My DIY CNC Build Log Part 2, Software, Tuning
NOTE: My blog has now moved. Please visit my new blog where I write about audio apps, diy synthesizers, and CNCs.
This is Part 2 of the build log for my MyDIYCNC kit. I took part in the Kickstarter for around $400 and received a complete 3axis CNC kit. I plan to use it for modular synth milled circuit boards and aluminum frontpanels. You can read Part 1 here.
I finished the electronics without a hitch. For now I'm using KCam in Windows. The software is usable and relatively simple so while it's good to start with, I plan on switching to ECM2 in Linux before long. Using KCam with Windows 7 if the parallel port has problems changing bits and you see no CNC motion, close the program and run as administrator. It's now running as a new user so you have to re-set up your port and table settings.
Click to read more about Inkscape->DXF importing to KCam, and using CAMBAM to generate a flat table bed.
I found that on my old Athlon desktop, the computer really needs everything else closed to give good CNC performance. Otherwise when the CPU is active doing other things, you will hear the motors pause temporarily. That's because the parallel port is actively pulsing every stepper step, instead of a more hardware based solution where the computer sends entire motion commands to a microcontroller. That's ok, just don't surf & mill.
KCad supports DXF R12 importing. The R12 is important as Inkscape's built in DXF export saves R13 which is incompatible. The solution is to get Better Better DXF Output plugin for Inkscape which will save in R12. I had some problems getting importing this DXF however so I reverted to the older Better DXF Output plugin which worked for my simple 1-layer use cases. This worked on my CNC but I found that my table is not a perfectly level plane. This resulted in a wide variance in milling depth of my "Hello World" test.
The solution to that problem is to mill a level table bed. I tried to do this with a piece of plywood and ran into many frustrations. The first was that DXF between Inkscape and KCad doesn't seem to support milling filled shapes. I guess the outlines are saved to DXF and kcad won't invent toolpaths for filling. I needed to move to CAM BAM to generate the machining code for a level bed.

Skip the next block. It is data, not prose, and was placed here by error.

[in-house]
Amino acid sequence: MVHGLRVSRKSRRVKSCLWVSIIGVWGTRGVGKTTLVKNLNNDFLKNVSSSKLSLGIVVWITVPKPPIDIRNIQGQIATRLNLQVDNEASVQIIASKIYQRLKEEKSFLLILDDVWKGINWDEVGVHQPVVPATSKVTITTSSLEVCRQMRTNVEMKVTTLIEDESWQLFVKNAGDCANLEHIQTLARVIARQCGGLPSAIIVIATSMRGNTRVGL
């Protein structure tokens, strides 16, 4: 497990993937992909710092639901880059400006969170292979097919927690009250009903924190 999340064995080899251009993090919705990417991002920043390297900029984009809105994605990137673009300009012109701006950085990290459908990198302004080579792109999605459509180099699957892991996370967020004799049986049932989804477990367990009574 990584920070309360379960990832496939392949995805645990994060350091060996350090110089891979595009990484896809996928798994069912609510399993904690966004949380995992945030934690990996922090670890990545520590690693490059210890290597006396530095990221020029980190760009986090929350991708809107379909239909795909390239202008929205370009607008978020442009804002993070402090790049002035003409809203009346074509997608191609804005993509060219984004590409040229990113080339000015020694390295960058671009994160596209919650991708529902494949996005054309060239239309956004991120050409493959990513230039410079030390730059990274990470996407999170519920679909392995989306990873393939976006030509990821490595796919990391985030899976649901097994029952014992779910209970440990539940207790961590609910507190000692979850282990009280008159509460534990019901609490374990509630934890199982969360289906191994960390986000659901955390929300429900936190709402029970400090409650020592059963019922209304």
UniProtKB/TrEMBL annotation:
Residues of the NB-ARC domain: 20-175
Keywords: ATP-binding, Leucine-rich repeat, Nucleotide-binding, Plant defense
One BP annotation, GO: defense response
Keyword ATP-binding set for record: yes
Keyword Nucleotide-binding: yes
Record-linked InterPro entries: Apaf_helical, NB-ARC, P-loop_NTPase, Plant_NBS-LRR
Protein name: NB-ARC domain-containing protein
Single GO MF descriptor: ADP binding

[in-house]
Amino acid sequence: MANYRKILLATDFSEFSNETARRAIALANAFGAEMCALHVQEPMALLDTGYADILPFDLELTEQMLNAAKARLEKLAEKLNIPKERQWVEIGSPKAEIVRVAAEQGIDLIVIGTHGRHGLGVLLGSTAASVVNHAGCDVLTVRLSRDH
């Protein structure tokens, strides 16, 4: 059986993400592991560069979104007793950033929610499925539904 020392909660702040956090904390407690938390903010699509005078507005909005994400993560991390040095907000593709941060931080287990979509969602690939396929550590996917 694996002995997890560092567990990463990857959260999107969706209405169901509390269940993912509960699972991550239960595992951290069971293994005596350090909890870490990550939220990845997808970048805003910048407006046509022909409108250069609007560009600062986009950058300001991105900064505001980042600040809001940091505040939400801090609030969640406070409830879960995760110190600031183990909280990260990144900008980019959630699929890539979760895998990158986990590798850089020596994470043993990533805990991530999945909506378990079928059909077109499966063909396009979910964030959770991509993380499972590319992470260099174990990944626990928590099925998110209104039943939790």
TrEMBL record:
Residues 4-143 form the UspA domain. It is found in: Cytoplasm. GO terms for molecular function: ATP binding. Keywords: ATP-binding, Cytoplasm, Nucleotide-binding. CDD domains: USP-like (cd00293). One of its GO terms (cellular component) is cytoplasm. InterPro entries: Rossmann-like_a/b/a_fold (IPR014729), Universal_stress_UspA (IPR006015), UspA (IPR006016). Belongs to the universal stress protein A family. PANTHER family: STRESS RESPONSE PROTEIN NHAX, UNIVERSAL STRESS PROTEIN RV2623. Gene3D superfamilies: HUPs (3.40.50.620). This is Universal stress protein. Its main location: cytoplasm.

Getting CAM BAM to generate my milling code took a long time. It kept printing a message in the bottom saying "Step over must be positive and nonzero". But I had it set to 0.4! After reading more I found out that stepover is a fraction of the tool's width that will dictate how much overlap there is between consecutive passes. While I had the Stepover parameter set to 0.4, I had to also set tool widths and "final stepover" values so the code generator could convert from the fraction to an actual distance in fractions of an inch. Finally, I had my gcode!
Time to mill out the bed :(. Firstly, this operation really highlights how this CNC is wayyyy too slow to do 3d object milling. It is going to take a few hours probably to mill the bed, which would be a equivalent to the first pass of probably 20 passes to mill away layers on a 3d shape. The other solution is to repair my CNC, fix the parallel bars, and fix the problems that make it need to go too slow, but honestly.. I'd be better off making my own CNC design from scratch at this point. Hopefully this one works well enough to do circuit boards and halftone images.
Secondly it highlighted how inaccurate the default spindle is on the MyDIYCNC kit. When the drill bit contacts the wood, it vibrates and shakes within a distance about twice it's tool diameter. Other people on the MyDIYCNC forums have switched to a bigger dremel tool with good results. I want to do that but I've lost all the collet pieces on my Mastercraft dremel-style tool, so for now I'm stuck on the default dremel.
I'm thinking the plywood is causing problems. I'm switching to MDF tonight to give the table bed another shot. Here's hoping ><.